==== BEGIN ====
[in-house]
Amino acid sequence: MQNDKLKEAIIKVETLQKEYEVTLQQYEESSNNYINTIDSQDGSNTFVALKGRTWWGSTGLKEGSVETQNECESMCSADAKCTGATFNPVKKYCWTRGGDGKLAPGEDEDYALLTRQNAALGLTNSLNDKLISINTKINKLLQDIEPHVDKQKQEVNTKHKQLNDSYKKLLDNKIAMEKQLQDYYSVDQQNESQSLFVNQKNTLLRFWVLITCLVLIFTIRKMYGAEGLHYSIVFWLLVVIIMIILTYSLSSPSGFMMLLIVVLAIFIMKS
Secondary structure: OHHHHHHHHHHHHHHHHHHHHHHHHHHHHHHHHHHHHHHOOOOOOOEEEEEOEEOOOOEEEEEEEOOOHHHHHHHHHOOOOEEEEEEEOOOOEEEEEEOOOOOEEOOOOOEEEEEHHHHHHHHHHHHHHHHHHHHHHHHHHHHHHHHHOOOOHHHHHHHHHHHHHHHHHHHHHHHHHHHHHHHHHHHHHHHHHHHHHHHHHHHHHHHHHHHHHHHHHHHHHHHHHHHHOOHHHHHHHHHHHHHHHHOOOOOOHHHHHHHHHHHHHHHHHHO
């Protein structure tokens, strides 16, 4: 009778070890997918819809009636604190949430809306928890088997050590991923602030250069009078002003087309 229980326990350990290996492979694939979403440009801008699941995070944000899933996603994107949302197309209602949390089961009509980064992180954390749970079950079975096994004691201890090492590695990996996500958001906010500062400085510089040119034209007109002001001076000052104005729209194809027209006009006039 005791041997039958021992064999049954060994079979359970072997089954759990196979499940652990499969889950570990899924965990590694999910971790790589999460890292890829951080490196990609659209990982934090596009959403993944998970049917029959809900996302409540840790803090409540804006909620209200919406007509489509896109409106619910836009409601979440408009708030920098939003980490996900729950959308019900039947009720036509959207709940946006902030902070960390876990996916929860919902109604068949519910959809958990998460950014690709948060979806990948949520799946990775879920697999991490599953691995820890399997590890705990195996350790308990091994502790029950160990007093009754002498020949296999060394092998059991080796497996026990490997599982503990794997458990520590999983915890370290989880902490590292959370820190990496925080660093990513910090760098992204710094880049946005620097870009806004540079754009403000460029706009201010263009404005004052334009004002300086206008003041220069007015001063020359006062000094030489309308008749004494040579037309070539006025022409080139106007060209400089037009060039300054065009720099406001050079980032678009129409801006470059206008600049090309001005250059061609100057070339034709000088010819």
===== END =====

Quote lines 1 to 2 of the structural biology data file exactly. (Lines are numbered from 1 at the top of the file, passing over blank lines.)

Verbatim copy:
[in-house]
Amino acid sequence: MQNDKLKEAIIKVETLQKEYEVTLQQYEESSNNYINTIDSQDGSNTFVALKGRTWWGSTGLKEGSVETQNECESMCSADAKCTGATFNPVKKYCWTRGGDGKLAPGEDEDYALLTRQNAALGLTNSLNDKLISINTKINKLLQDIEPHVDKQKQEVNTKHKQLNDSYKKLLDNKIAMEKQLQDYYSVDQQNESQSLFVNQKNTLLRFWVLITCLVLIFTIRKMYGAEGLHYSIVFWLLVVIIMIILTYSLSSPSGFMMLLIVVLAIFIMKS